Aaron's right. The Gayle 3-cone thing was an error in the part of my spreadsheet that I used to make a table, but not in the cell actually used for the projections. A 3.00 second 3-cone would be mad impressive. Maybe he could do it if he hit a wormhole between cones one and two.

Sorry JPP!

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#11 by Duff Soviet Union // Mar 14, 2014 - 3:20am

Maybe I'm dumb, but I can't figure out why Barr's projection is ahead of Clowney's when Clowney has the higher rating. I though the projection was introduced to control for draft position because even first round bust's like Derrick Harvey picked up a few sacks because their teams kept putting them on the field. But Clowney's going to get drafted ahead of Barr, so apparently it's not that.

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#13 by Dan // Mar 14, 2014 - 8:00am

I think it's because the rating includes the player's weight and the projection does not.

The article says it's set up that way because "Scouts do a pretty good job of valuing prospects with a good size/speed combination, so including weight in SackSEER projection would just be redundant." My guess is that means that weight predicts number of NFL sacks, but not if you control for draft position. So it's not worth including weight in the projection (which does control for draft position) even though it is worth including weight in the rating (which does not control for draft position).

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#15 by CBPodge // Mar 14, 2014 - 8:39am

The prospects are ranked by sacks through year 5, rather than SackSEER rating (penulatimate column).

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#22 by Nathan Forster // Mar 14, 2014 - 8:40pm

Dan is partially right, but it's also because adding projected draft round to the regression changes the strength of the various coefficients a little bit relative to each other. Players who do better at 3-cone and passes defensed tend to score a little higher in SackSEER projection, while those with fast forty times and high sack productions score a little higher in SackSEER rating.

By the way, as far as Clowney and Barr, I think this is an instance where SackSEER rating is the more instructive metric for a number of reasons.

Sorry JPP!

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#16 by CBPodge // Mar 14, 2014 - 8:43am

I'm curious how much Clowney's projection would change if you assumed he had 10 sacks this season, rather than 3? Just curious whether it would make a massive difference or not, if you took a guess at "this is what the projection would be if he wasn't a lazy git in his junior year"!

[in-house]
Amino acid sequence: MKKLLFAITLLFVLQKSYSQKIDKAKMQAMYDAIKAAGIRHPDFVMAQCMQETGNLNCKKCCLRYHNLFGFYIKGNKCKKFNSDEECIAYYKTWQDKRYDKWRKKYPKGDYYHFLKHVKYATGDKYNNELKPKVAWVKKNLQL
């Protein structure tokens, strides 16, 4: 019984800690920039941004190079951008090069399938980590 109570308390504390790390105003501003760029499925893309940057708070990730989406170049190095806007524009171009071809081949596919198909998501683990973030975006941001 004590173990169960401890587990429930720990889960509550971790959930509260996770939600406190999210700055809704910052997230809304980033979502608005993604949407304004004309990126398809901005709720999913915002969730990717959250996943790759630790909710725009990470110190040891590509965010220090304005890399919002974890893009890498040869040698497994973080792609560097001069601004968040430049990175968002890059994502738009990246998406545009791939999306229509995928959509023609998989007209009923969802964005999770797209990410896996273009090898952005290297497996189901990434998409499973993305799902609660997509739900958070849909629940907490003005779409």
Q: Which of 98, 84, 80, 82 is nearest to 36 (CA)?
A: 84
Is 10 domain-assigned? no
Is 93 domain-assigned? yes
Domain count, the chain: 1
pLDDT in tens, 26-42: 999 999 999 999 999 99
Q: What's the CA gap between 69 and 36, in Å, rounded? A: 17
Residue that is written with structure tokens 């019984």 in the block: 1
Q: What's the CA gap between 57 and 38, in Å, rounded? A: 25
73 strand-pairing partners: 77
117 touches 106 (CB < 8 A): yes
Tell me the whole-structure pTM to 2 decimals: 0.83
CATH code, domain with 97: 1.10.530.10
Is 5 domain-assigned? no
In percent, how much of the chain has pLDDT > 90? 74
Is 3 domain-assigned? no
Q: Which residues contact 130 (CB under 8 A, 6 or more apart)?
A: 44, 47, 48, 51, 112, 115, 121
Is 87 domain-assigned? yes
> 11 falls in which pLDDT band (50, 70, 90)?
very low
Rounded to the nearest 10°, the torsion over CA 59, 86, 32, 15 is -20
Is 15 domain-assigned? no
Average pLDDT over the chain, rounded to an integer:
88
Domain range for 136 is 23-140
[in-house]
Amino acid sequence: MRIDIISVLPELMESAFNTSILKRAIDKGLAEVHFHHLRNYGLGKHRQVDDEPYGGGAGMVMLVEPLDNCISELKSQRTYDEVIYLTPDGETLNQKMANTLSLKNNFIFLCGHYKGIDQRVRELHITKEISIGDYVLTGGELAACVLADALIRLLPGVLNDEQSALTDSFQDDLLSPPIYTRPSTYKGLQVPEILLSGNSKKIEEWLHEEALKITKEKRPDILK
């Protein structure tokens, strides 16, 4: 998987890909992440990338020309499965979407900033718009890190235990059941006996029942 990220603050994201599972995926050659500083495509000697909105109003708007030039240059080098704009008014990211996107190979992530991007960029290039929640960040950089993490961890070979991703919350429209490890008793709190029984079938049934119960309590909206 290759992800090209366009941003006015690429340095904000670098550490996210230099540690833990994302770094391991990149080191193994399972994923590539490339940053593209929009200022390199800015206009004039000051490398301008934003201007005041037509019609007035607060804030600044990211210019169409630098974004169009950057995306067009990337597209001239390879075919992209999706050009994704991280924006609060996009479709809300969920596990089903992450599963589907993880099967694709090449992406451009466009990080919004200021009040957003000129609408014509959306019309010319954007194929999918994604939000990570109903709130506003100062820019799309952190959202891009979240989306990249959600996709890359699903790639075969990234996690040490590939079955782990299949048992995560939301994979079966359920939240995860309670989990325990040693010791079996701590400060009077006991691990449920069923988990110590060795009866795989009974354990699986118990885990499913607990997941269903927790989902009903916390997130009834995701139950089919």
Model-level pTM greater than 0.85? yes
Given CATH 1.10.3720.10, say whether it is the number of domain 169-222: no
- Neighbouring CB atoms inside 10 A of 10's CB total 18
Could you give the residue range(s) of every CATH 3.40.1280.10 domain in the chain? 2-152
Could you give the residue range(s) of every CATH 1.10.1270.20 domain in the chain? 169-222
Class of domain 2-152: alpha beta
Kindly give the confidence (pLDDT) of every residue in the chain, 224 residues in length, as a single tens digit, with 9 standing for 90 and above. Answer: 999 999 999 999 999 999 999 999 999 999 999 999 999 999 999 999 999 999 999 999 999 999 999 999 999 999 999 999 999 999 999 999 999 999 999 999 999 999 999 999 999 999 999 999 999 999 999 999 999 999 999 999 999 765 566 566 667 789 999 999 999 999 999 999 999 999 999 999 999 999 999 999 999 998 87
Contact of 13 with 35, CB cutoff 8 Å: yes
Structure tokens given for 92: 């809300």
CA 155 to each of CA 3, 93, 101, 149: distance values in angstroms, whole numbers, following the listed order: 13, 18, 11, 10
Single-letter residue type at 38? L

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#23 by Nathan Forster // Mar 14, 2014 - 8:43pm

His projection would go up by 1.7 sacks, per your Jadeveon Clowney fan fiction.

Sorry JPP!

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#32 by CBPodge // Mar 17, 2014 - 9:21am

Okeydokey. That's informative, because it means that its not like the thing stopping him having a SackSEER projection that matches up with his draft stock is just not trying in his senior year - there's other things going on.

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#19 by MarkV // Mar 14, 2014 - 4:01pm

I wish there was an easy way to find all previous SackSEER columns (and all LCF, playmaker, speedscore, etc).

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#21 by bhauck // Mar 14, 2014 - 8:25pm

Just changing the dates in the URL will take you back a few years.

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#25 by MC2 // Mar 14, 2014 - 10:04pm

Try typing "sackseer" into the little search box at the top of this page. Is that easy enough for you?

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#26 by RickD // Mar 14, 2014 - 11:17pm

Sarcasm points! You can trade those in at the end of the year.

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#27 by MC2 // Mar 15, 2014 - 3:23am

You're right. I'm such a jerk for expecting people to understand how these newfangled search engine thingies work! Thanks for setting me straight, pal!

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#28 by MarkV // Mar 15, 2014 - 12:37pm

my point was that these annual articles are one of the more impressive resources FO has, and having them buried so that people who don't know about them can't find them is unfortunate.

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#29 by MC2 // Mar 15, 2014 - 6:28pm

Fair enough. So why didn't you just say that to begin with?

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#30 by Jerry // Mar 16, 2014 - 1:11am

He did.

Search results will include articles that mention SackSEER, comments threads where Nate has posted under that name, etc. Mark said, very politely, that it would be nice to have a tab where all the SackSEER and other projection articles were easily available. It's a reasonable request that shouldn't require a paragraph of fine print.

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#31 by MC2 // Mar 16, 2014 - 1:55am

If you actually did the search (which would have taken you less time than it took to type out your comment), you would see that the first five results are the five actual articles. Is that really so hard?

I can't believe all the effort that is being expended to defend a silly comment and to attack me for poking fun at said silly comment. Are you guys expecting to get some kind of award from the Internet Sarcasm Police?

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#33 by CJS at NYC // Mar 19, 2014 - 7:41am

Wait. There's an end of the year?

Points: 0